Those in the public school reform movement have some important things to learn from what Waldorf educators have been doing for many years. It's an enormously impressive effort toward quality education, and schools would be well advised to familiarize themselves with the basic assumptions that underlie the Waldorf movement.
Ernest Boyer, President, Carnegie Foundation for the Advancement of Teaching

About Us

About Clover Hill

The Clover Hill School is an emerging Early Childhood Center that is inspired by Waldorf Education. We offer three programs: a Mixed-Age Kindergarten for 3 to 6 year olds; Gentle Beginnings for 2 3/4 to 3 1/2 year olds to ease the transition from home to Kindergarten; and Growing Together for moms, dads and care givers with children 2 months to 3 years of age. We offer a full play-based program appropriate for each age group with organic food served at snacktimes. Our campus includes beautiful renovated classrooms and a private play yard located at Christ Episcopal Church in East Norwalk, CT.

The School was organized in 2003 and is a recognized 501(c) (3) entity. Since its inception, we have vigorously pursued our mission of bring education inspired by the Waldorf philosophy to lower Fairfield County, the only portion of the Tri-State Region (NY, NJ and CT) that was without a Waldorf presence. Waldorf Education, which is non-denominational and non-sectarian, began in Germany in 1919 and is the fastest growing private educational system in the world. There are 250 Waldorf schools in the United States alone.

Mission Statement

The Clover Hill School is committed to the proven ideals and methods of Waldorf education, developed by Rudolf Steiner. We are devoted to protecting childhood and to providing an education that serves the needs of the developing human being. Our classical education addresses the whole child, including the head, the heart and the hands.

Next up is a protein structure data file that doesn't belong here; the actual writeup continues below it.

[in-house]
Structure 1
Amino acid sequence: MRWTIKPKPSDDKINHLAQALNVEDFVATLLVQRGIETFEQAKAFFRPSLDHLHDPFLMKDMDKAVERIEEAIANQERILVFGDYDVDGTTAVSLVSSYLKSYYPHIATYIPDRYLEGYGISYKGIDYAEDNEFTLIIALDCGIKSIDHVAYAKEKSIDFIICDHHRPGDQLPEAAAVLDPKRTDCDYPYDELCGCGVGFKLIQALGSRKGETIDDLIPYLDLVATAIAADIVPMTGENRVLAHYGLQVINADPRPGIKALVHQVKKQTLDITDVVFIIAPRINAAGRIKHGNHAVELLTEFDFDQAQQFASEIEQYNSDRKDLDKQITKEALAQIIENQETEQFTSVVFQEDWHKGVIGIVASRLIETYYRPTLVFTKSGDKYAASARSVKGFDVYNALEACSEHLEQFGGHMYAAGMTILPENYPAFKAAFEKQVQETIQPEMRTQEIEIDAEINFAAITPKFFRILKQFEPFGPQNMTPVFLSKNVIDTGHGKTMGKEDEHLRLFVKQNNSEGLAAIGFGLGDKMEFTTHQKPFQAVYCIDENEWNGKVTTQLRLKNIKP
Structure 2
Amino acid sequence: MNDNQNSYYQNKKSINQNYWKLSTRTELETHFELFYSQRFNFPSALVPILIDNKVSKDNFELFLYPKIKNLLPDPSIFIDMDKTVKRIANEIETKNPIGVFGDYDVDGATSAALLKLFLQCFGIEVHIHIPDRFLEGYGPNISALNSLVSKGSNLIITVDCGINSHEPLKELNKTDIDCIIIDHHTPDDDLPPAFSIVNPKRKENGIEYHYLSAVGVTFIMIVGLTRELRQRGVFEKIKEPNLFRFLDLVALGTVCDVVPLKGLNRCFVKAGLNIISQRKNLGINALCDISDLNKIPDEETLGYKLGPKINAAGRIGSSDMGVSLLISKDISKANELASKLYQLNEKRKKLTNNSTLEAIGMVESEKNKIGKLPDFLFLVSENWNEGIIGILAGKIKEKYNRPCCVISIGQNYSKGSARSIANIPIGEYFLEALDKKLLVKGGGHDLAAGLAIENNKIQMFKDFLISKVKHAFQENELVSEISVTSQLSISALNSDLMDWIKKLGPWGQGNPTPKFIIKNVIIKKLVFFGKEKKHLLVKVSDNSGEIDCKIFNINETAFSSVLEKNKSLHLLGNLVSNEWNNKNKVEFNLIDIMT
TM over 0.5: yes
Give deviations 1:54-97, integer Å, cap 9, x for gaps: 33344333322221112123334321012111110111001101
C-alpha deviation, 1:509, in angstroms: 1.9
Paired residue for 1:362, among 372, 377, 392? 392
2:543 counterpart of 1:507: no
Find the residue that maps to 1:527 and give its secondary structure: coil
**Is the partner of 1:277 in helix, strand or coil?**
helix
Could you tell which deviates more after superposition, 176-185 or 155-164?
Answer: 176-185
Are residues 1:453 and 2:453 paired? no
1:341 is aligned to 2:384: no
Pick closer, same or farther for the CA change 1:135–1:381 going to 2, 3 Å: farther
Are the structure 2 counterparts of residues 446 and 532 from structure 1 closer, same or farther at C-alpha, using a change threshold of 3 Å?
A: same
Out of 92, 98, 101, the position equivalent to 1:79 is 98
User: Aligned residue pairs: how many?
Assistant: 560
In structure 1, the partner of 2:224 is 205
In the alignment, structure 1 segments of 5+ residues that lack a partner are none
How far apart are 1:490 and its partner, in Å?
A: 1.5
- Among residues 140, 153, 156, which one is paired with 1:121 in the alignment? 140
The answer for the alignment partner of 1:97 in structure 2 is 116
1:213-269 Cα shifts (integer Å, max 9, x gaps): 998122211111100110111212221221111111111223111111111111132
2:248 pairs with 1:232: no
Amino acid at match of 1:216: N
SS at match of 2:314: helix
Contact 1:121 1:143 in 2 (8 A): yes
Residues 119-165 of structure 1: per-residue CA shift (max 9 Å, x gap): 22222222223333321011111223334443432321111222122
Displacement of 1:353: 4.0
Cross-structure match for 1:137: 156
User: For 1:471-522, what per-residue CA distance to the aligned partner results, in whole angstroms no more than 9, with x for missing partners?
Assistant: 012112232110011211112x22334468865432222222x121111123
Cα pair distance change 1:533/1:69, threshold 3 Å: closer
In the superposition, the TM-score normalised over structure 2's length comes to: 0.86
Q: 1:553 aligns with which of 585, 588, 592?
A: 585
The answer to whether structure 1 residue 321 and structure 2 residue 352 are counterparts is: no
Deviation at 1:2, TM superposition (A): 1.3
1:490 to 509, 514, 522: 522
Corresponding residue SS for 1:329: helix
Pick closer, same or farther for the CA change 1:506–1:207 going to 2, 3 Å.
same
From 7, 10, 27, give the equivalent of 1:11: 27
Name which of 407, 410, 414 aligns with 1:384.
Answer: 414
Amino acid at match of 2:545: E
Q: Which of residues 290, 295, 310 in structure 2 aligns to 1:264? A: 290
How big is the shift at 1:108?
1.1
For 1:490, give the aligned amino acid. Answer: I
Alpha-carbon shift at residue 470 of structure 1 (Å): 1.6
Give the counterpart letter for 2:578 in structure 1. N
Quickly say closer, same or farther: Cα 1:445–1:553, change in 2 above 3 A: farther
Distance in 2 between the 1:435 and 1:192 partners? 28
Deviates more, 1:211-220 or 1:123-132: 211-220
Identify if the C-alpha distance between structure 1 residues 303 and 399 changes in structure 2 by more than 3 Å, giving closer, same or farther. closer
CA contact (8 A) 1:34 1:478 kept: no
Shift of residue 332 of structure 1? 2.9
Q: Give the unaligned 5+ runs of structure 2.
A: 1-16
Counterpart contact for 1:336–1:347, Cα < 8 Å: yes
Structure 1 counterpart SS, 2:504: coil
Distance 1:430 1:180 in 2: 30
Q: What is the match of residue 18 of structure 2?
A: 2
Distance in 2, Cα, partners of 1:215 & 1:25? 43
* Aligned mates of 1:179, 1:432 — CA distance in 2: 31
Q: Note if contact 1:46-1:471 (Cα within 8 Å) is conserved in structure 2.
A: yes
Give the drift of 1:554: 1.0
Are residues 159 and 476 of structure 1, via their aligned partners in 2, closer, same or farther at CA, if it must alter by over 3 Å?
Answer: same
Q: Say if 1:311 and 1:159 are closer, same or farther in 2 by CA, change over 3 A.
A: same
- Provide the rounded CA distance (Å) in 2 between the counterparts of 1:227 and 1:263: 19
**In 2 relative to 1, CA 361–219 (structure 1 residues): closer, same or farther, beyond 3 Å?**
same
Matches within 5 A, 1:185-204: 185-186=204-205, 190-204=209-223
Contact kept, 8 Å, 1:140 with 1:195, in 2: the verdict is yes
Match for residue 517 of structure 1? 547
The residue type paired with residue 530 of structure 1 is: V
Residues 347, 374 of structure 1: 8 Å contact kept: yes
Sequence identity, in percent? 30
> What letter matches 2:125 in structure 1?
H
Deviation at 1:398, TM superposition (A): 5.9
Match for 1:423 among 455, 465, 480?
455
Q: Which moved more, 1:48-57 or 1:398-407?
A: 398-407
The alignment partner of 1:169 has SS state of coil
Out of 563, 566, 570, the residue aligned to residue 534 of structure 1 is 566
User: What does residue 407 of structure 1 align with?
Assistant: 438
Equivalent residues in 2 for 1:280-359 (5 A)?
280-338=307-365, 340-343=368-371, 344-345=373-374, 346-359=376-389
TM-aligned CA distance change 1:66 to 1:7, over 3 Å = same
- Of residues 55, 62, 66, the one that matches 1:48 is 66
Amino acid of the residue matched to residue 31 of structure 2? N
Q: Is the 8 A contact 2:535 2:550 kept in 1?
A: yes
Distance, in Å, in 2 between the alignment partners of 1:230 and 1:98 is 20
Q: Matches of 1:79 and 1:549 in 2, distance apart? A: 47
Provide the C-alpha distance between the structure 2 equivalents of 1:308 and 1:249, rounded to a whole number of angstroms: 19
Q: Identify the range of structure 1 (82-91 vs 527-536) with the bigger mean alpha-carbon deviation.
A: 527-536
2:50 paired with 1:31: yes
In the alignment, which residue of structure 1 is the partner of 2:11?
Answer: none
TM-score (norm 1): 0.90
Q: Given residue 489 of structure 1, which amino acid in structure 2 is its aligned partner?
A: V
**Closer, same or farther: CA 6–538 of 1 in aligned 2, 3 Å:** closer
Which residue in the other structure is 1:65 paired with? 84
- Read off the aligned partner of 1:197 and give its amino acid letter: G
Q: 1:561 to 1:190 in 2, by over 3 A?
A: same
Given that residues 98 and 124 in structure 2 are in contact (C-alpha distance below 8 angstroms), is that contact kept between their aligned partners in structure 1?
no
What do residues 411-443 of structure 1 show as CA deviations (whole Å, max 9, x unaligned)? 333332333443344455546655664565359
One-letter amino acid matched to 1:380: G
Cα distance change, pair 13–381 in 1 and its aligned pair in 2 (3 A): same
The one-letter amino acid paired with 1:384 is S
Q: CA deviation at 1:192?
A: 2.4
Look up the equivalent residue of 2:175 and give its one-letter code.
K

Our approach, validated by research, goes far beyond the conventional wisdom of the day which emphasizes standardized instruction and testing focused on the intellect. Its flawed mantra is "the more and earlier the better". Instead, we seek to develop the capacities needed to thrive in our modern world, including skillful hands, moral courage, and independent thinking. We recognize each child as a being of body, soul and spirit.

The School aims to inspire a love of learning so that each student is academically prepared for the next steps in life, and is also given opportunities for the unfolding of their unique gifts. Further, we believe we can help to meet the needs of the growing child by providing ongoing opportunities for adult education through parent workshops, lectures, study groups, and teacher development programs.

We recognize that an active external community surrounds and supports the families of the School. We seek to foster and enrich this community through public events, community outreach, and the celebration of seasonal festivals. Overall, the School aims to serve the lower Fairfield and proximate Westchester County area by being an active and responsible contributor to the community at large.

The Meaning of Our Name

Establishing the school that became Clover Hill was a long-held and cherished dream for a particular grouping of Anthroposophists who came together in 1973 to study the teachings of Rudolf Steiner. Steiner founded Waldorf education as well as Anthroposophy, the philosophy inspiring its creation. They envisioned a day when they would bring forth a school truly based on Rudolf Steiner's Anthroposophical principles. This group is now known as The Michaelic Anthroposophical Group of Connecticut. A number of the forty members either had or have sought training in Waldorf education, and many of them now serve as teachers, advisors and board members of the School.

In 2004, members of the Group formed a Council to cultivate the vision of the School's incarnation and lead the School through its pioneering stage. They wanted the name of the School to carry a deep meaning and be connected to the community that it would serve. They noted that the area was filled with clovers during the spring and summer months.

In the clover plant and its symbiotic relationship with the honey bee, the Council found a fitting symbol. They saw the Waldorf curriculum, festival celebrations, community activities and the sincere striving of teachers as gifts of love that will be transformed by the children, like busy bees, into gifts for the world.